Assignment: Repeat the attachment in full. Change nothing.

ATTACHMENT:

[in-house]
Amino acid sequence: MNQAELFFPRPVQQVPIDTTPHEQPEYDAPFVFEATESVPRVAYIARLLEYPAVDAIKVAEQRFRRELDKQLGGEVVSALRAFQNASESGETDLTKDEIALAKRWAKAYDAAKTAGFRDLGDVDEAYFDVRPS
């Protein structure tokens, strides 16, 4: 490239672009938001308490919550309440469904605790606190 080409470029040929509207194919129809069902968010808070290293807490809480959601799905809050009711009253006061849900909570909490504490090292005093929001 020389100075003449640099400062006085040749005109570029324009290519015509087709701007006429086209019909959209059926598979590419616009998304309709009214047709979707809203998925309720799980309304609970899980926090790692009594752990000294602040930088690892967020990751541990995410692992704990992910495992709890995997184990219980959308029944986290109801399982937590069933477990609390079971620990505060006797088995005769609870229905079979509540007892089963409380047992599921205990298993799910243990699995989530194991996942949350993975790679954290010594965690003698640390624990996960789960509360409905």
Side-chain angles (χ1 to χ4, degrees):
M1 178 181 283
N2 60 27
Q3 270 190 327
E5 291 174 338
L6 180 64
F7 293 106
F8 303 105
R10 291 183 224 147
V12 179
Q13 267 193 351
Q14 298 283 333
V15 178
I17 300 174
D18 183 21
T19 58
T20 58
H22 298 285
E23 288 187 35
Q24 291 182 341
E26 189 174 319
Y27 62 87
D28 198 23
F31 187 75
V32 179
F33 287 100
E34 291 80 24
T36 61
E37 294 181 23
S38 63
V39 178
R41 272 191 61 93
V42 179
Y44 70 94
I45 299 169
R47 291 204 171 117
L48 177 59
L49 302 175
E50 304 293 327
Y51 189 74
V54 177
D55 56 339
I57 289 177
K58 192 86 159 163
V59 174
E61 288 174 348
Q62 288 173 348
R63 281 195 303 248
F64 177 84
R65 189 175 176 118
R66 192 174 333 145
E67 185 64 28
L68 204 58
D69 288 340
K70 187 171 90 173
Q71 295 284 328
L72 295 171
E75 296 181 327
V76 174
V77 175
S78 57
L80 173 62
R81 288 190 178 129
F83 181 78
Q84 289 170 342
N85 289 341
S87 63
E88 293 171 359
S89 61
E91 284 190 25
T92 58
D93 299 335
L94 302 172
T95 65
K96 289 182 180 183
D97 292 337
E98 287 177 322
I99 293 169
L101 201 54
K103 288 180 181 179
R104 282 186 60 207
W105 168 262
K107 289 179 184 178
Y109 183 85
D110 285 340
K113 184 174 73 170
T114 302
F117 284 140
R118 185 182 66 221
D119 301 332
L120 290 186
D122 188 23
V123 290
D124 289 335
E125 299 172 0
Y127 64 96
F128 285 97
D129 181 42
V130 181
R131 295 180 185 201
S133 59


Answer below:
[in-house]
Amino acid sequence: MNQAELFFPRPVQQVPIDTTPHEQPEYDAPFVFEATESVPRVAYIARLLEYPAVDAIKVAEQRFRRELDKQLGGEVVSALRAFQNASESGETDLTKDEIALAKRWAKAYDAAKTAGFRDLGDVDEAYFDVRPS
């Protein structure tokens, strides 16, 4: 490239672009938001308490919550309440469904605790606190 080409470029040929509207194919129809069902968010808070290293807490809480959601799905809050009711009253006061849900909570909490504490090292005093929001 020389100075003449640099400062006085040749005109570029324009290519015509087709701007006429086209019909959209059926598979590419616009998304309709009214047709979707809203998925309720799980309304609970899980926090790692009594752990000294602040930088690892967020990751541990995410692992704990992910495992709890995997184990219980959308029944986290109801399982937590069933477990609390079971620990505060006797088995005769609870229905079979509540007892089963409380047992599921205990298993799910243990699995989530194991996942949350993975790679954290010594965690003698640390624990996960789960509360409905």
Side-chain angles (χ1 to χ4, degrees):
M1 178 181 283
N2 60 27
Q3 270 190 327
E5 291 174 338
L6 180 64
F7 293 106
F8 303 105
R10 291 183 224 147
V12 179
Q13 267 193 351
Q14 298 283 333
V15 178
I17 300 174
D18 183 21
T19 58
T20 58
H22 298 285
E23 288 187 35
Q24 291 182 341
E26 189 174 319
Y27 62 87
D28 198 23
F31 187 75
V32 179
F33 287 100
E34 291 80 24
T36 61
E37 294 181 23
S38 63
V39 178
R41 272 191 61 93
V42 179
Y44 70 94
I45 299 169
R47 291 204 171 117
L48 177 59
L49 302 175
E50 304 293 327
Y51 189 74
V54 177
D55 56 339
I57 289 177
K58 192 86 159 163
V59 174
E61 288 174 348
Q62 288 173 348
R63 281 195 303 248
F64 177 84
R65 189 175 176 118
R66 192 174 333 145
E67 185 64 28
L68 204 58
D69 288 340
K70 187 171 90 173
Q71 295 284 328
L72 295 171
E75 296 181 327
V76 174
V77 175
S78 57
L80 173 62
R81 288 190 178 129
F83 181 78
Q84 289 170 342
N85 289 341
S87 63
E88 293 171 359
S89 61
E91 284 190 25
T92 58
D93 299 335
L94 302 172
T95 65
K96 289 182 180 183
D97 292 337
E98 287 177 322
I99 293 169
L101 201 54
K103 288 180 181 179
R104 282 186 60 207
W105 168 262
K107 289 179 184 178
Y109 183 85
D110 285 340
K113 184 174 73 170
T114 302
F117 284 140
R118 185 182 66 221
D119 301 332
L120 290 186
D122 188 23
V123 290
D124 289 335
E125 299 172 0
Y127 64 96
F128 285 97
D129 181 42
V130 181
R131 295 180 185 201
S133 59